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The effects of a mindfulness-based lifestyle programme for adults with Parkinson’s disease: protocol for a mixed methods, randomised two-group control study
  1. Jenny Advocat1,
  2. Grant Russell1,2,
  3. Joanne Enticott1,
  4. Craig Hassed3,
  5. Jennifer Hester2,
  6. Brooke Vandenberg1
  1. 1Southern Academic Primary Care Research Unit, Dandenong, Victoria, Australia
  2. 2School of Primary Health Care, Monash University, Notting Hill, Victoria, Australia
  3. 3Department of General Practice, Monash University, Notting Hill, Victoria, Australia
  1. Correspondence to Dr Joanne Enticott; joanne.enticott{at}monash.edu

Abstract

Introduction Parkinson's disease (PD) is the second most common neurodegenerative disorder in developed countries. There is an increasing interest in the use of mindfulness-related interventions in the management of patients with a chronic disease. In addition, interventions that promote personal control, stress-management and other lifestyle factors, such as diet and exercise, assist in reducing disability and improving quality of life in people with chronic illnesses. There has been little research in this area for people with PD.

Methods A prospective mixed-method randomised clinical trial involving community living adults with PD aged <76 years and with moderate disease severity (Hoehn and Yahr stage 2) PD. Participants will be randomised into the ESSENCE 6-week programme or a matched wait list control group. ESSENCE is a multifaceted, healthy lifestyle and mindfulness programme designed to improve quality of life. We aim to determine whether participation in a mindfulness and lifestyle programme could improve PD-related function and explore self-management related experiences and changing attitudes towards self-management. The outcome measures will include 5 self-administered questionnaires: PD function and well-being questionnaire (PDQ39), Health Behaviours, Mental health, Multidimensional locus of control, and Freiburg mindfulness inventory. An embedded qualitative protocol will include in-depth interviews with 12 participants before and after participation in the 6-week programme and a researcher will observe the programme and take notes.

Analysis Repeated measures of Analysis of Variance (ANOVA) will examine the outcome measures for any significant effects from the group allocation, age, sex, adherence score and attendance. Qualitative data will be analysed thematically. We will outline the benefits of, and barriers to, the uptake of the intervention.

Ethics This protocol has received ethics approval from the Monash University Human Research Ethics Committee project number CF11/2662–2011001553.

Dissemination This is the first research of its kind in Australia involving a comprehensive, lifestyle-based programme for people with PD and has the potential to involve a broader range of providers than standard care. The findings will be disseminated through peer reviewed journals, primary care conferences in Australia as well as abroad and through the Parkinson's community.

Registration details Australian New Zealand Clinical Trials Registry (ANZCTR) ACTRN12612000440820.

  • PRIMARY CARE
  • COMPLEMENTARY MEDICINE

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Introduction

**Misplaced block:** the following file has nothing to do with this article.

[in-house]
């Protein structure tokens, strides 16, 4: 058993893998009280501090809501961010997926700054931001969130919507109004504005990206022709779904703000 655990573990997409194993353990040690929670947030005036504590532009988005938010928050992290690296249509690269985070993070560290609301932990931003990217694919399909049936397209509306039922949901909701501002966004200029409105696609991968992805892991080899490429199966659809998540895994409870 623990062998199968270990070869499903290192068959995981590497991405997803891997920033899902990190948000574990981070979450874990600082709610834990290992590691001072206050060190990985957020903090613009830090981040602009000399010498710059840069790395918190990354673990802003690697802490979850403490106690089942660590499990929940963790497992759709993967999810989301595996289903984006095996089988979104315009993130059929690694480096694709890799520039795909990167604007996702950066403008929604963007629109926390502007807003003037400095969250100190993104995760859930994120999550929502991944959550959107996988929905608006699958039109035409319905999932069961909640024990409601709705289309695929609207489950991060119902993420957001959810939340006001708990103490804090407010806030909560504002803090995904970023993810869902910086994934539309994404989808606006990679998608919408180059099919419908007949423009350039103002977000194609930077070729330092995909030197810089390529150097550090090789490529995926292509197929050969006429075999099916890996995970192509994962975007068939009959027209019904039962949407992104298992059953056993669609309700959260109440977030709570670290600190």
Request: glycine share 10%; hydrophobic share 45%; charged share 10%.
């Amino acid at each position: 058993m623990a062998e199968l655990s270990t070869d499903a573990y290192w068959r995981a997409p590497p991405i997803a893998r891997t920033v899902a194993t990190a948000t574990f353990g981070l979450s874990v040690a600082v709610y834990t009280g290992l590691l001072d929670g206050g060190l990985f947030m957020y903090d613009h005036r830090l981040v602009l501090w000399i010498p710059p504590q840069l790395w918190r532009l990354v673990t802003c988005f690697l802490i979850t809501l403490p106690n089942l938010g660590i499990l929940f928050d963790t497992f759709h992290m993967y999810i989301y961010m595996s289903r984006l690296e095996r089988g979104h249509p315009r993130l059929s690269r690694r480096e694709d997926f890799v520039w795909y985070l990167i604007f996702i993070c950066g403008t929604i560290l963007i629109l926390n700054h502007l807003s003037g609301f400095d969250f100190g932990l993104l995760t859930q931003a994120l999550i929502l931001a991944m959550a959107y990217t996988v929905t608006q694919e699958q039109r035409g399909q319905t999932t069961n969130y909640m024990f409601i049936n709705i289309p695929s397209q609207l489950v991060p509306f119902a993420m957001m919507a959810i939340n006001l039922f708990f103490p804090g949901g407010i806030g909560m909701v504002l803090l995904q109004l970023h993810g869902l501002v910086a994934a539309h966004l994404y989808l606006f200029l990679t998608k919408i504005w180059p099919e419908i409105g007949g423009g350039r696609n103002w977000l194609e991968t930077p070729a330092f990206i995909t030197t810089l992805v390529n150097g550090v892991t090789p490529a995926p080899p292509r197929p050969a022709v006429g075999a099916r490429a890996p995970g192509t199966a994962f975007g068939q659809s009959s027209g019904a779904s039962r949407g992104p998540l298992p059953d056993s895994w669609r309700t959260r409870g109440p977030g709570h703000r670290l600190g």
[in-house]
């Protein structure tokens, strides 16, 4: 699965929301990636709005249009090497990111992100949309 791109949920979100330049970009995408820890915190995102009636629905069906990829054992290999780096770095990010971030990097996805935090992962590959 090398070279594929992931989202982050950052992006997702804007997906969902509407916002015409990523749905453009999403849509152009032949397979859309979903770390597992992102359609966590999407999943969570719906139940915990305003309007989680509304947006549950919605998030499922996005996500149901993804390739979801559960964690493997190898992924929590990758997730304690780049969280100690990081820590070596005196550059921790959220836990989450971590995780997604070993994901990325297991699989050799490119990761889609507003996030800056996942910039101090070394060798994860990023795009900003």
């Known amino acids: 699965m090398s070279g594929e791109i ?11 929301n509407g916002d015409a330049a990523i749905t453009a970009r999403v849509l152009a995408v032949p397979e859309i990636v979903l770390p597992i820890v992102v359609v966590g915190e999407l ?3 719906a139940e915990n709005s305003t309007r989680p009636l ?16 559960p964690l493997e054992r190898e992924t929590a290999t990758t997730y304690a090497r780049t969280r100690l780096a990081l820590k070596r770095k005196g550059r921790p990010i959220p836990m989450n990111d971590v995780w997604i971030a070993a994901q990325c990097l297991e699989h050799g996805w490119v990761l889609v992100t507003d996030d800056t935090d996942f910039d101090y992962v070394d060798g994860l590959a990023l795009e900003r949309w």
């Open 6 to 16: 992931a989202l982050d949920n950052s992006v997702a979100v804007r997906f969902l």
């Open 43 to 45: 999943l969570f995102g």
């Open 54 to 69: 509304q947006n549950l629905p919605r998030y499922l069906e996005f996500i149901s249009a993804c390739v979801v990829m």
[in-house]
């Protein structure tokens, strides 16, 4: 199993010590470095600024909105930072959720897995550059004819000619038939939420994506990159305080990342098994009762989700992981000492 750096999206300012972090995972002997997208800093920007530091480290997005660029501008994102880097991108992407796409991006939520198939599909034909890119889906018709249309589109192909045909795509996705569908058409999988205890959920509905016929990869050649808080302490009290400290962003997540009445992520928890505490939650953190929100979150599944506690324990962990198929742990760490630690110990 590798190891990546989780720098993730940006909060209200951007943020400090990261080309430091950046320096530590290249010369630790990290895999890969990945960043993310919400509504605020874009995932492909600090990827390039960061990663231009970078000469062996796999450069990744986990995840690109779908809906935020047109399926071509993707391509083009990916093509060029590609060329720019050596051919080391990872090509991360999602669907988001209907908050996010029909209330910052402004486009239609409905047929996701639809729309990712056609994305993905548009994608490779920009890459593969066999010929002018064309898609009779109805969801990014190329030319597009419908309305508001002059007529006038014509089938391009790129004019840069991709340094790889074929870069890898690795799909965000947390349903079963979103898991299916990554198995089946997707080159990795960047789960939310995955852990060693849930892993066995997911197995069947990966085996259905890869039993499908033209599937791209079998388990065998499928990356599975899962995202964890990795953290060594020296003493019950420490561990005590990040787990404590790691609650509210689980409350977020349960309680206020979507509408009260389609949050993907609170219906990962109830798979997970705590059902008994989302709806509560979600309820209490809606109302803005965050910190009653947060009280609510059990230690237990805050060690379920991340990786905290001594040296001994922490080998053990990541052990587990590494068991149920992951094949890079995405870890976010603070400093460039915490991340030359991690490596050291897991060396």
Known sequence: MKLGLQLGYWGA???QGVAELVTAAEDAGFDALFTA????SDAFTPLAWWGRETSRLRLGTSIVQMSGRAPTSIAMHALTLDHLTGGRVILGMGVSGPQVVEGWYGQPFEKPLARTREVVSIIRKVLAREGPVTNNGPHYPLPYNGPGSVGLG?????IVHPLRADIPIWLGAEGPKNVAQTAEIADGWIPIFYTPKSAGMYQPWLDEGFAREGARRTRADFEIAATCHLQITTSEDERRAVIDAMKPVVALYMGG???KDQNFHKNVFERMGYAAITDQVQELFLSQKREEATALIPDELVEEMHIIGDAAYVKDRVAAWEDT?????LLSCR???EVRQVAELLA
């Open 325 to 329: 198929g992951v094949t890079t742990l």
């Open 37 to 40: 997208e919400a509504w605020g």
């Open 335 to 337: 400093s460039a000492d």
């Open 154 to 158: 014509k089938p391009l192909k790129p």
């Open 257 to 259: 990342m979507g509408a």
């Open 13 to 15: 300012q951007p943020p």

Parkinson's disease (PD) is the second commonest neurodegenerative disorder in developed countries. PD affects 1% of people over 60 years of age and 4% of those aged over 80.1 As in other western nations, Australia's changing population demographics will generate a threefold increase in the incidence of the condition by 2033.2 Despite high-quality evidence demonstrating pharmacological benefits in managing symptoms and delaying disease progression,3 there is still no known cure for PD.4

Evidence is accumulating that lifestyle interventions may reduce disability in people living with neurodegenerative disorders similar to that of PD.5 Mindfulness, principally understood as the ability to train attention, has slowed disease progression and improved quality of life in patients with heart disease and cancer.6 ,7 Programmes using combinations of healthy eating, regular exercise and stress management have improved outcomes in people living with cancer,8 fibromyalgia,9 rheumatoid arthritis10 and chronic low back pain.11 Meta-analyses on lifestyle interventions have suggested improvements in depression, anxiety and psychological distress in people with somatic diseases.12 Clear benefits from lifestyle interventions in patients with various chronic diseases are now evident,6 ,7 ,13–16 making it logical to also examine lifestyle factors in people living with PD.

The ESSENCE Programme is an innovative, holistic lifestyle and mindfulness programme that aims to improve quality of life and self-management of stress and/or chronic disease.17 ESSENCE is an acronym for: Education, Stress management, Spirituality, Exercise, Nutrition, Connectedness and Environment. ESSENCE has already assisted people with multiple sclerosis18 and mental health in students.19–21 This study aims to investigate if people living with PD, who participate in the ESSENCE programme, can experience an improvement in PD-related function and well-being. In addition, we will seek to ascertain the experiences of participants in the programme, particularly in relation to their ability to self-manage the effects and symptoms of PD.

Methods and analysis

Study design

This study is a prospective mixed-method randomised clinical trial incorporating a before and after design with a waitlist control. The study is to operate over 12 months in 2012/2013.

Setting

The ESSENCE programmes will be delivered at two venues, which will be located in two different inner urban suburbs of Melbourne, Victoria. These suburbs are separated by the central business district and are approximately 20 km apart. The venue at each location will be an easily accessible, local community centre. Both venues will be located close to an existing large PD support group.

Formation of advisory group